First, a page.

Beyond these basics, US copyright law is complex, confusing, and inconsistent, with a variety of tests employed by courts to determine when copyright has been infringed, including by paraphrasing. There is no single rule that defines when two works are substantially similar, or when paraphrasing is so "close" as to constitute infringement of a copyrighted expression as opposed to being a different way of expressing the same idea. There is a circuit split among the twelve federal appeals courts on substantial similarity analysis, with each circuit employing overlapping but unique approaches. Decisions are, by necessity, made on a case-by-case basis, with few universally-applicable principles.
When examining claims of copyright infringement, including by paraphrasing, US copyright law distinguishes between works of fiction (e.g., a novel) and works of fact (e.g, a history book or a set of instructions). Copyright protection for factual works is narrow, covering the author's original expressions, but not the facts or theories being expressed. In order to infringe, the copy must be "verbatim reproduction or very close paraphrasing".
Different courts adopt different approaches to analyzing whether paraphrasing in factual works constitutes infringement. Some courts have held that some factual works, particularly functional works such as instructions, lack the creativity required to meet the threshold of originality, and thus there can be no valid copyright under the first Feist prong. Other courts follow the "merger doctrine". Under the merger doctrine, if there are only a limited number of ways in which an idea can be expressed, the expression is said to have "merged" with the idea, and thus there can be no valid copyright under the 1976 Act. Some courts employ "thin copyright", finding that there is a valid copyright of factual works, but that it is afforded only limited protection against "virtual identicality" or "bodily appropriation of copyrighted expression", and thus permitting paraphrasing that might be prohibited in other circumstances. Finally, some courts find that all prongs of the Feist and Arnstein tests are met, but that the copying is nevertheless permitted under the fair use doctrine. Fair use analysis includes multiple factors, one of which is the "nature of the copyright work," and some courts find that factual works provide greater leeway for fair use than fictional works.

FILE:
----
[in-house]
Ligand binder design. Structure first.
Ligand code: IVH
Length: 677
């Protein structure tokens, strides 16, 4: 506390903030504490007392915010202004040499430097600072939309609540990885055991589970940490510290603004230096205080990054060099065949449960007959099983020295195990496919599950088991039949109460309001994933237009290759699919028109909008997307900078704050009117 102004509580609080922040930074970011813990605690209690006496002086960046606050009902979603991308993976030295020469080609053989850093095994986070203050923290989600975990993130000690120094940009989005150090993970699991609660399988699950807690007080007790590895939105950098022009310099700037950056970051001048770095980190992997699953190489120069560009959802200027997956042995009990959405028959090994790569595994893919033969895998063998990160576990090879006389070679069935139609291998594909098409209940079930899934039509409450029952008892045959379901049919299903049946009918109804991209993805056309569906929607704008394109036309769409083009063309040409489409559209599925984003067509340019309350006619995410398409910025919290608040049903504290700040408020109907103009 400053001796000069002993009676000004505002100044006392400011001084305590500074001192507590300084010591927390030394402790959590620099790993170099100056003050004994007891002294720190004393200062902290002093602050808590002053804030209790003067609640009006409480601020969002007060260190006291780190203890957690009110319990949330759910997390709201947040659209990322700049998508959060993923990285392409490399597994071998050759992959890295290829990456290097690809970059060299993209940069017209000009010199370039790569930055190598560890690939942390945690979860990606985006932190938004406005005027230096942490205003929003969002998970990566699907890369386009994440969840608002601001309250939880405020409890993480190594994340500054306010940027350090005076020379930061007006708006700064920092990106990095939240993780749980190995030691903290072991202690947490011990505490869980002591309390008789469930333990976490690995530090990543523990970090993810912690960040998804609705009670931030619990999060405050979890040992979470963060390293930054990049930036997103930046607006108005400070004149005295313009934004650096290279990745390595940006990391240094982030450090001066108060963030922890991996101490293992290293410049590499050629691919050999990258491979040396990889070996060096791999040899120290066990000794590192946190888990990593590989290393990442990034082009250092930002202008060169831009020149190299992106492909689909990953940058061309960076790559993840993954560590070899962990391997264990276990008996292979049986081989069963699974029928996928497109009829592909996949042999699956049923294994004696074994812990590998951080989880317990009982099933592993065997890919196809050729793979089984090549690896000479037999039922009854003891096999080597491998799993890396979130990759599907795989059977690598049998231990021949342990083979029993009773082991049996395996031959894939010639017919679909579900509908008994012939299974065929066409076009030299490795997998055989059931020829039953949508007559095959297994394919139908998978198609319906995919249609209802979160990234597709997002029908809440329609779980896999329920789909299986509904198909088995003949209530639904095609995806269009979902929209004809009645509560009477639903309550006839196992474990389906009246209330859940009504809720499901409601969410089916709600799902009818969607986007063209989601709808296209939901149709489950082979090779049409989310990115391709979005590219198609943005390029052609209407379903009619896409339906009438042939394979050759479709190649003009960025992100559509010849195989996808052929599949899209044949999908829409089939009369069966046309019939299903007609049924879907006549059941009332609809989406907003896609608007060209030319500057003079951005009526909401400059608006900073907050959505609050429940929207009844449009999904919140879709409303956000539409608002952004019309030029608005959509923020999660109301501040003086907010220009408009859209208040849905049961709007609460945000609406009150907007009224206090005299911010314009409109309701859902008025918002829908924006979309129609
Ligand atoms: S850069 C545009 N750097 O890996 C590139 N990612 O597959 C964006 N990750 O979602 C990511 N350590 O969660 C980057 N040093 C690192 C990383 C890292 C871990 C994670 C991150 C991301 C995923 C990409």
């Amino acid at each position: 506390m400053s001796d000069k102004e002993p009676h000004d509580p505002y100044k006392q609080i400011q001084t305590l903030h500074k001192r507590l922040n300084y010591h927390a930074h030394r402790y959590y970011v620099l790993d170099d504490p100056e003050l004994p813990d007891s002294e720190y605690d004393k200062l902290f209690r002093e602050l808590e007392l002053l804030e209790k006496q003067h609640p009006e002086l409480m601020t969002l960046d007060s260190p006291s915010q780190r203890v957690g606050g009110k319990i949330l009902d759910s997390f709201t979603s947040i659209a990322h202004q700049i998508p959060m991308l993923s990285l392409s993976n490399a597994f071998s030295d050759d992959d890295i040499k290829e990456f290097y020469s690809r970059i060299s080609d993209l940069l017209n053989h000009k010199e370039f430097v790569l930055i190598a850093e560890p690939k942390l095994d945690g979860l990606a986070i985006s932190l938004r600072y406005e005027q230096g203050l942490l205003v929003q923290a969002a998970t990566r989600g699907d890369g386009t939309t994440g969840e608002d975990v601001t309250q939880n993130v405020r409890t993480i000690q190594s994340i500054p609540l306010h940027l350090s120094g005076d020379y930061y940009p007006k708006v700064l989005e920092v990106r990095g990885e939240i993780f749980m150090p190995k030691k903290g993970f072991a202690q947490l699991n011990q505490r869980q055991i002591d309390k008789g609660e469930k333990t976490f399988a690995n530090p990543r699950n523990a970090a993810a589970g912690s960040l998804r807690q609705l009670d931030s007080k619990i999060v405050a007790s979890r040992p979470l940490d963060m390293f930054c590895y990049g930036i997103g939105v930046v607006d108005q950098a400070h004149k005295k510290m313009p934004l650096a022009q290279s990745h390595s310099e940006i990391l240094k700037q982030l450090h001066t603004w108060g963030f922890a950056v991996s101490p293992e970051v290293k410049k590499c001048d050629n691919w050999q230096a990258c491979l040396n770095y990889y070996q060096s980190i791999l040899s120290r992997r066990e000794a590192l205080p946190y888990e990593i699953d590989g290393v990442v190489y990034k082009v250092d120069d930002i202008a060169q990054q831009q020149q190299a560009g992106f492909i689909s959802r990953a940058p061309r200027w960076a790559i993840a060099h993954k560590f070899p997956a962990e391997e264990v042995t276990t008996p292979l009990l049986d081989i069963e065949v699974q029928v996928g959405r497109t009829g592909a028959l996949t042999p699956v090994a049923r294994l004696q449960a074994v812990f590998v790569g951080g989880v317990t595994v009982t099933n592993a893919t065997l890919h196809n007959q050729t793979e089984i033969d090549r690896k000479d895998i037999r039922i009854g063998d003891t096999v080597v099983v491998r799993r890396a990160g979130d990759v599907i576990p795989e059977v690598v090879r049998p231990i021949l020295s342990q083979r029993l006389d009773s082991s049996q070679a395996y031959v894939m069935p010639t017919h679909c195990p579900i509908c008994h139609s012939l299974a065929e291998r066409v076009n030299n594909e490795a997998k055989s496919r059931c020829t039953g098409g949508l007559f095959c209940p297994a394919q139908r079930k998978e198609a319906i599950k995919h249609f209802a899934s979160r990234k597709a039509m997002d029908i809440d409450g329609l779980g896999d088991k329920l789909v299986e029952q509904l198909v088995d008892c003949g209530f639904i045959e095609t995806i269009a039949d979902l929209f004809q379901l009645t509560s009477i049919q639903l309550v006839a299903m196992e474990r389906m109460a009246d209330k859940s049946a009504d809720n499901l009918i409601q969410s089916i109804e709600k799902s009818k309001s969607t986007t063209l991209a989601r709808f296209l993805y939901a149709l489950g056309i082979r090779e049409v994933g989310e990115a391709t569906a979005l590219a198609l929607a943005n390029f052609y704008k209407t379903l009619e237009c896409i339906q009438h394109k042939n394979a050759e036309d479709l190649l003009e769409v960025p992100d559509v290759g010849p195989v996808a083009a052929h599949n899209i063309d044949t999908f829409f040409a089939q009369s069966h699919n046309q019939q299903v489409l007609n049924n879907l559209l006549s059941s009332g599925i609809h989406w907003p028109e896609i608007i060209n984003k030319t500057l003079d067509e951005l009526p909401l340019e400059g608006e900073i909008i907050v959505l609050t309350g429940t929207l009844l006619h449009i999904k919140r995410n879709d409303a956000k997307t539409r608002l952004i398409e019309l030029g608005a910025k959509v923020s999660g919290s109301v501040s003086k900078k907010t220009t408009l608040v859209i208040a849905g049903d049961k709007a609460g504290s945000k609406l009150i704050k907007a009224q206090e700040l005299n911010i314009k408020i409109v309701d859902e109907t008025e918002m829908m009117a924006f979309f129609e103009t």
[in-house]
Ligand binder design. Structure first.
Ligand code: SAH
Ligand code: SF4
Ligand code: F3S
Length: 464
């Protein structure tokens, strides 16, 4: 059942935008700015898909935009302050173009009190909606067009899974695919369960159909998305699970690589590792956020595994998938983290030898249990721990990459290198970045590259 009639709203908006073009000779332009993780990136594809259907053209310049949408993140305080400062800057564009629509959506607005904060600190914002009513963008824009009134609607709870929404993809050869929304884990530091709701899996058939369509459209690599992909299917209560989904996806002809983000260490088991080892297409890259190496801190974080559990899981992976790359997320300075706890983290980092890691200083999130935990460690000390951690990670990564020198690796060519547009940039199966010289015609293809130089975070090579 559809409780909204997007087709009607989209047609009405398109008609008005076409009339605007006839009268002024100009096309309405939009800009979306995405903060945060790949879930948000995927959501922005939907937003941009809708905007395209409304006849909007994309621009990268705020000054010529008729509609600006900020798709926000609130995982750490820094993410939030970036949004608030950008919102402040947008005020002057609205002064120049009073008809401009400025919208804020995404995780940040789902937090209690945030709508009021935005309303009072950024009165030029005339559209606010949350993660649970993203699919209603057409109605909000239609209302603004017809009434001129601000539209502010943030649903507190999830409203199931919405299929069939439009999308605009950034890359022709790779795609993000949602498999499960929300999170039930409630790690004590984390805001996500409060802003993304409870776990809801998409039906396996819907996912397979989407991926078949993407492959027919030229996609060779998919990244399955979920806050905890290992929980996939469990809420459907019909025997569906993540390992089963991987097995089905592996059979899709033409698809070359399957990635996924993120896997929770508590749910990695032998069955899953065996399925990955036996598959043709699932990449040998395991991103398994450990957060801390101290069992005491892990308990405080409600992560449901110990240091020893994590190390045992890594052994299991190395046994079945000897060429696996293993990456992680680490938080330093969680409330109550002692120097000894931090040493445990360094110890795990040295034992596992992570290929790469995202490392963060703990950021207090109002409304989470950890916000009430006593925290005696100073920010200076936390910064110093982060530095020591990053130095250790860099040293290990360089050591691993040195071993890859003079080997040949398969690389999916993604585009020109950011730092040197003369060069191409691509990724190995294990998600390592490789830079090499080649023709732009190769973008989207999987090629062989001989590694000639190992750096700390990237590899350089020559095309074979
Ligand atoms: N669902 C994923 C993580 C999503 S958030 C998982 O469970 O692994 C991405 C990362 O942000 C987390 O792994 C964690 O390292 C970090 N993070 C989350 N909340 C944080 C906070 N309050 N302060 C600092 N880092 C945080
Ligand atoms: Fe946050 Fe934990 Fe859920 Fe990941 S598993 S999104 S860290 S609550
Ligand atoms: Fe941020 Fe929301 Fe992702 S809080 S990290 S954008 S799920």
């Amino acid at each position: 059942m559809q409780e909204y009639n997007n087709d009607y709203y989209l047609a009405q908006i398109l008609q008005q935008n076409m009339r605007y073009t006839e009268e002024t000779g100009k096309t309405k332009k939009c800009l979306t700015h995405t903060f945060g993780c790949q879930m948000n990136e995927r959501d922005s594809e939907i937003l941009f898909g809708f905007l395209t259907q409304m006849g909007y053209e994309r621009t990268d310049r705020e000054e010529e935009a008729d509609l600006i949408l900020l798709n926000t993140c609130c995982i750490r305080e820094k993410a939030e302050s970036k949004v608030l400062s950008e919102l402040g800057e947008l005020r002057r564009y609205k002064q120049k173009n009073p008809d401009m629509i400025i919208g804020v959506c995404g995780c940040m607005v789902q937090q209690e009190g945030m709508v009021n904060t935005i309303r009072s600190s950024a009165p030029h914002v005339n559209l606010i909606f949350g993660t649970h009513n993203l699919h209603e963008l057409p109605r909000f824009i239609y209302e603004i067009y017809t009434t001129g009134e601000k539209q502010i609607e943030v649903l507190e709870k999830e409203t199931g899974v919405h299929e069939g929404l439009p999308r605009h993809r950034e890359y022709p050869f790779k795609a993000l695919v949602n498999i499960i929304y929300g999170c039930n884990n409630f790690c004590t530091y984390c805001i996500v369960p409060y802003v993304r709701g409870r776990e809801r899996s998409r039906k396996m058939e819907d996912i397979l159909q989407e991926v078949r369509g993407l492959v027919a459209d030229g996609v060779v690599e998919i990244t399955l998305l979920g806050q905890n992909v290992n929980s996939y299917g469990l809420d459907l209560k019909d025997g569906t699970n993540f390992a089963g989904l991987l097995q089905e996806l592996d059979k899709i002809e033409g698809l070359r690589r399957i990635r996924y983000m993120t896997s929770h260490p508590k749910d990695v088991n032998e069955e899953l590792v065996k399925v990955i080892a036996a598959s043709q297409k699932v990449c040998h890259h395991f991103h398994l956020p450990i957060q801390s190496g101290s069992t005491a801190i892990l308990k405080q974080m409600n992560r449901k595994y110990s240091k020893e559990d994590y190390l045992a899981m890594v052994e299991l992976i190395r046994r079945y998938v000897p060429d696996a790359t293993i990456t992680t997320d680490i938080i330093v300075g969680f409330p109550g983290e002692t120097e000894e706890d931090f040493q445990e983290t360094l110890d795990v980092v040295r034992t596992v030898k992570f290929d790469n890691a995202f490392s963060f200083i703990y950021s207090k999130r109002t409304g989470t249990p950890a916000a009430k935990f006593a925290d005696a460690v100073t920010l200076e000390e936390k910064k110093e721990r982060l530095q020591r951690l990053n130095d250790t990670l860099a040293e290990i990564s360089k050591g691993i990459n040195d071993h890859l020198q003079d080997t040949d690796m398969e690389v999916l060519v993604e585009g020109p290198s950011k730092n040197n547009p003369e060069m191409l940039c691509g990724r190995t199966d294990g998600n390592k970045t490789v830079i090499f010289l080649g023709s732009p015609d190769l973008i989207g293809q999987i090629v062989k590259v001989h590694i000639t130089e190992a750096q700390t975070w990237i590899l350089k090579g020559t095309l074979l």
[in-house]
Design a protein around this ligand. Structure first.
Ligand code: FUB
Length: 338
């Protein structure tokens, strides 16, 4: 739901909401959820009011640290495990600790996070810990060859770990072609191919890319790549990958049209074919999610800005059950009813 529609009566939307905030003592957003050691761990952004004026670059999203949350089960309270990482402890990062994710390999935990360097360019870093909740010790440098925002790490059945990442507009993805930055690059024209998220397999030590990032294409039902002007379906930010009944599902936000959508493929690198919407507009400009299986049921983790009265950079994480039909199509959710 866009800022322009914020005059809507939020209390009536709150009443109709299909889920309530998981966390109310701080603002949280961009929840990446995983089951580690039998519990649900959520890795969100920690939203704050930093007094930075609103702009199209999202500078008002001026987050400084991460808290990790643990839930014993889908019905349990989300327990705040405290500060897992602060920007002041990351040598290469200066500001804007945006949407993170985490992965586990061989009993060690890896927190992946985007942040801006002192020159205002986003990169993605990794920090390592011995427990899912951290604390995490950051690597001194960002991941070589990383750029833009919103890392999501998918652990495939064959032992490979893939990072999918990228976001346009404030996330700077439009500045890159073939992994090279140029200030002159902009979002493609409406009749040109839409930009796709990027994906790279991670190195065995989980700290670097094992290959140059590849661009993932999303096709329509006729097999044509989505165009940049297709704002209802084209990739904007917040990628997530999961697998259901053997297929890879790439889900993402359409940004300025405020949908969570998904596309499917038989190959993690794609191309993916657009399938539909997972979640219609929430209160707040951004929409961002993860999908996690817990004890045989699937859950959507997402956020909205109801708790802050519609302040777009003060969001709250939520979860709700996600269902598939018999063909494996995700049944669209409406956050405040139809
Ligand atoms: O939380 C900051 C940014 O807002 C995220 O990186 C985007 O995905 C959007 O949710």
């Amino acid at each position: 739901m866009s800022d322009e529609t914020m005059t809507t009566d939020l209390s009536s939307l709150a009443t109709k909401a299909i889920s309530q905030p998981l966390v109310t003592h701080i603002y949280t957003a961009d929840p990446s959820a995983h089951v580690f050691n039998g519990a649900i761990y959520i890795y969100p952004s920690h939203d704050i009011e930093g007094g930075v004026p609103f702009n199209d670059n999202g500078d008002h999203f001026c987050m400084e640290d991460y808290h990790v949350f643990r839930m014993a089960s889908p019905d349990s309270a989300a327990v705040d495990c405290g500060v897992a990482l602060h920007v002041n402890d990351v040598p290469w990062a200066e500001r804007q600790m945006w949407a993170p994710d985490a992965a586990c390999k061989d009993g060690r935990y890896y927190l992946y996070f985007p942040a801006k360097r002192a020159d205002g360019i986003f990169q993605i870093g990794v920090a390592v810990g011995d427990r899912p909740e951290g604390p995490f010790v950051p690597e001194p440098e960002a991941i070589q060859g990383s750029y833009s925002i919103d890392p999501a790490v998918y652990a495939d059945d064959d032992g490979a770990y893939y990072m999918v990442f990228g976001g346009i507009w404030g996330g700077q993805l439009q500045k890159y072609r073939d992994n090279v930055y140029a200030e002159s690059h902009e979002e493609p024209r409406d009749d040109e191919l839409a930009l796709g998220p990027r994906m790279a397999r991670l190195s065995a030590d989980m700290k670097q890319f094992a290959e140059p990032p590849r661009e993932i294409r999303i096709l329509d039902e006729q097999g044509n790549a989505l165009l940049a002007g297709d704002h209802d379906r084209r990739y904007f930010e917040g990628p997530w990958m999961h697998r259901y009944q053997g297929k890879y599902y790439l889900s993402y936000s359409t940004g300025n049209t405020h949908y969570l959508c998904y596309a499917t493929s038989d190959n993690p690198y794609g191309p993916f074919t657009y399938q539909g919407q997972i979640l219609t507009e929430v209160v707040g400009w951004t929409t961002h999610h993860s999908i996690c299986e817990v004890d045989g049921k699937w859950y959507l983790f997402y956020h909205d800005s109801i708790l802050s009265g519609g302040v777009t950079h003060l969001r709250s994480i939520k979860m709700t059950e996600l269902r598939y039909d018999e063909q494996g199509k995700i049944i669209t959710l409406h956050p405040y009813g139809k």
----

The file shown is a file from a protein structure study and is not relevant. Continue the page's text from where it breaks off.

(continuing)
Nonfiction literary works, such as history books, newspaper articles, and biographies, are treated as factual works with similarly narrow copyright protection. An author's unique expressions are protected, but not the facts and theories themselves. Even the selection and arrangement of facts may not be protectable. For example, an author may arrange a series of facts to support a theory for why a historical event occurred, but if the author could prevent others from using the same selection and arrangement of facts, the author would have an effective monopoly on the theory itself, which would run counter to US copyright law's prohibition on copyrighting ideas.
For fictional works, more than "very close paraphrasing" is protected. US copyright law protects against paraphrasing a story by, for example, copying a detailed plot sequence but using different language for the dialogue. However, under the doctrine of "scènes à faire", it does not protect more general patterns, such as story themes and character prototypes. Some courts will distinguish between "literal" similarities, such as verbatim duplication or paraphrasing, and "nonliteral similarities", such as the details of a novel's plot, characters, or settings. In his 2008 book Copyright's Paradox, discussing the conflict between protecting copyright and protecting free speech, Neil Netanel says, "Yeats [borrowed] from Shelley; Kafka from Kleist and Dickens; Joyce from Homer; and T.S. Eliot from Shakespeare, Whitman and Baudelaire, all in ways that would infringe today's bloated copyright."